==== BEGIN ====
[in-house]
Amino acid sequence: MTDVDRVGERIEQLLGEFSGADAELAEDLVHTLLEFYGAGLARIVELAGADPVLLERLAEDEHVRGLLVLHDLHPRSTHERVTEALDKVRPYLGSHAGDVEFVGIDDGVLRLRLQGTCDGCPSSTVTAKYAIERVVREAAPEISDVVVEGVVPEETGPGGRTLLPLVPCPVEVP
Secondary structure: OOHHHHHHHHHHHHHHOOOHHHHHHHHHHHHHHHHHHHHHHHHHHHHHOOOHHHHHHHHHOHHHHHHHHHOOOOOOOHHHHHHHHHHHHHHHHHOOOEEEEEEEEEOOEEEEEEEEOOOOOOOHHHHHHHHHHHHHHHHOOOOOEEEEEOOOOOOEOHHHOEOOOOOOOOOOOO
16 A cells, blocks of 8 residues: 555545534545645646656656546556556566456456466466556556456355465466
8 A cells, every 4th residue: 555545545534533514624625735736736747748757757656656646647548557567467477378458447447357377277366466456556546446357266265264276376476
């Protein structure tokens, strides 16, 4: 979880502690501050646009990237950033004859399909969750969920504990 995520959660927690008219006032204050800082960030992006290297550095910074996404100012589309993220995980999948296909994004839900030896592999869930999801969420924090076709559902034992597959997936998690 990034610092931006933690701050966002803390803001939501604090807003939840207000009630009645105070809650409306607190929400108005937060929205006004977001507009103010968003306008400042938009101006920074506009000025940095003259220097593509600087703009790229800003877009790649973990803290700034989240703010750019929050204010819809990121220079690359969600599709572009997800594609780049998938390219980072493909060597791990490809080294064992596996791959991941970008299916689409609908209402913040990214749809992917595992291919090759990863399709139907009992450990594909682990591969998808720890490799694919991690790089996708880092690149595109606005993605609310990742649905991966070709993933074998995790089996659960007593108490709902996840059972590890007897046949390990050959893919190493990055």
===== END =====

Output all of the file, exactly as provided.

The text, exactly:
[in-house]
Amino acid sequence: MTDVDRVGERIEQLLGEFSGADAELAEDLVHTLLEFYGAGLARIVELAGADPVLLERLAEDEHVRGLLVLHDLHPRSTHERVTEALDKVRPYLGSHAGDVEFVGIDDGVLRLRLQGTCDGCPSSTVTAKYAIERVVREAAPEISDVVVEGVVPEETGPGGRTLLPLVPCPVEVP
Secondary structure: OOHHHHHHHHHHHHHHOOOHHHHHHHHHHHHHHHHHHHHHHHHHHHHHOOOHHHHHHHHHOHHHHHHHHHOOOOOOOHHHHHHHHHHHHHHHHHOOOEEEEEEEEEOOEEEEEEEEOOOOOOOHHHHHHHHHHHHHHHHOOOOOEEEEEOOOOOOEOHHHOEOOOOOOOOOOOO
16 A cells, blocks of 8 residues: 555545534545645646656656546556556566456456466466556556456355465466
8 A cells, every 4th residue: 555545545534533514624625735736736747748757757656656646647548557567467477378458447447357377277366466456556546446357266265264276376476
């Protein structure tokens, strides 16, 4: 979880502690501050646009990237950033004859399909969750969920504990 995520959660927690008219006032204050800082960030992006290297550095910074996404100012589309993220995980999948296909994004839900030896592999869930999801969420924090076709559902034992597959997936998690 990034610092931006933690701050966002803390803001939501604090807003939840207000009630009645105070809650409306607190929400108005937060929205006004977001507009103010968003306008400042938009101006920074506009000025940095003259220097593509600087703009790229800003877009790649973990803290700034989240703010750019929050204010819809990121220079690359969600599709572009997800594609780049998938390219980072493909060597791990490809080294064992596996791959991941970008299916689409609908209402913040990214749809992917595992291919090759990863399709139907009992450990594909682990591969998808720890490799694919991690790089996708880092690149595109606005993605609310990742649905991966070709993933074998995790089996659960007593108490709902996840059972590890007897046949390990050959893919190493990055």